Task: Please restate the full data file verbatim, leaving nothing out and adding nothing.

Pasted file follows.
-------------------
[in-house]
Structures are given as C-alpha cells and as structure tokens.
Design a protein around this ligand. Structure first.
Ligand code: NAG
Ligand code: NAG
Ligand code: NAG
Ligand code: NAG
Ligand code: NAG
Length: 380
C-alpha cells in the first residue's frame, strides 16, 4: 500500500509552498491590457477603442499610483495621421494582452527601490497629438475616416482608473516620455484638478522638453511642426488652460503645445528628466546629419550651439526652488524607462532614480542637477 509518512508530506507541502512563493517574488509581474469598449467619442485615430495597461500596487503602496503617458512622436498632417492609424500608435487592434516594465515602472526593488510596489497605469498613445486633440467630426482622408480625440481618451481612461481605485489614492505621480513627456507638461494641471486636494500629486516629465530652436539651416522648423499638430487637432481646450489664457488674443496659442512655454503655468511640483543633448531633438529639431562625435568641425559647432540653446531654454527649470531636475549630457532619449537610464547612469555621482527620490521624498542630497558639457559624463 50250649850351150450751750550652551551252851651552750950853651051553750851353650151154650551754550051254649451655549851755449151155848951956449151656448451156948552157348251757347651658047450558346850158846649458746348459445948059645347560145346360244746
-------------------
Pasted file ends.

[in-house]
Structures are given as C-alpha cells and as structure tokens.
Design a protein around this ligand. Structure first.
Ligand code: NAG
Ligand code: NAG
Ligand code: NAG
Ligand code: NAG
Ligand code: NAG
Length: 380
C-alpha cells in the first residue's frame, strides 16, 4: 500500500509552498491590457477603442499610483495621421494582452527601490497629438475616416482608473516620455484638478522638453511642426488652460503645445528628466546629419550651439526652488524607462532614480542637477 509518512508530506507541502512563493517574488509581474469598449467619442485615430495597461500596487503602496503617458512622436498632417492609424500608435487592434516594465515602472526593488510596489497605469498613445486633440467630426482622408480625440481618451481612461481605485489614492505621480513627456507638461494641471486636494500629486516629465530652436539651416522648423499638430487637432481646450489664457488674443496659442512655454503655468511640483543633448531633438529639431562625435568641425559647432540653446531654454527649470531636475549630457532619449537610464547612469555621482527620490521624498542630497558639457559624463 50250649850351150450751750550652551551252851651552750950853651051553750851353650151154650551754550051254649451655549851755449151155848951956449151656448451156948552157348251757347651658047450558346850158846649458746348459445948059645347560145346360244746